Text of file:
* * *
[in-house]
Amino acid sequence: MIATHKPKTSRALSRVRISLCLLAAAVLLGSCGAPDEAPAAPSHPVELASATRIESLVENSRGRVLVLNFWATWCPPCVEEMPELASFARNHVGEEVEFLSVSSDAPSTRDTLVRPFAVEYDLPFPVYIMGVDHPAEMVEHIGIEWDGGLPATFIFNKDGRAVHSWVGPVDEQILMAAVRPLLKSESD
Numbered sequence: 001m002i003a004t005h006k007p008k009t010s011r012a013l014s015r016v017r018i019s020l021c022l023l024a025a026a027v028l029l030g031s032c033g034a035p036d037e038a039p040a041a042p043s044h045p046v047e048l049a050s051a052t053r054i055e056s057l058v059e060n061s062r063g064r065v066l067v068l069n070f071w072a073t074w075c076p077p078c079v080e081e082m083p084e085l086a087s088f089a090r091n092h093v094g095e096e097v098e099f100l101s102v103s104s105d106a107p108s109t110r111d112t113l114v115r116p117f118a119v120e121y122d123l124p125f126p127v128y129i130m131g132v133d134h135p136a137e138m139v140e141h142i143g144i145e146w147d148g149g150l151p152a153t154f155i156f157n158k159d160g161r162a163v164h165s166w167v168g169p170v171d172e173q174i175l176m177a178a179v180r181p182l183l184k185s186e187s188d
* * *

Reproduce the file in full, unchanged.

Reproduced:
[in-house]
Amino acid sequence: MIATHKPKTSRALSRVRISLCLLAAAVLLGSCGAPDEAPAAPSHPVELASATRIESLVENSRGRVLVLNFWATWCPPCVEEMPELASFARNHVGEEVEFLSVSSDAPSTRDTLVRPFAVEYDLPFPVYIMGVDHPAEMVEHIGIEWDGGLPATFIFNKDGRAVHSWVGPVDEQILMAAVRPLLKSESD
Numbered sequence: 001m002i003a004t005h006k007p008k009t010s011r012a013l014s015r016v017r018i019s020l021c022l023l024a025a026a027v028l029l030g031s032c033g034a035p036d037e038a039p040a041a042p043s044h045p046v047e048l049a050s051a052t053r054i055e056s057l058v059e060n061s062r063g064r065v066l067v068l069n070f071w072a073t074w075c076p077p078c079v080e081e082m083p084e085l086a087s088f089a090r091n092h093v094g095e096e097v098e099f100l101s102v103s104s105d106a107p108s109t110r111d112t113l114v115r116p117f118a119v120e121y122d123l124p125f126p127v128y129i130m131g132v133d134h135p136a137e138m139v140e141h142i143g144i145e146w147d148g149g150l151p152a153t154f155i156f157n158k159d160g161r162a163v164h165s166w167v168g169p170v171d172e173q174i175l176m177a178a179v180r181p182l183l184k185s186e187s188d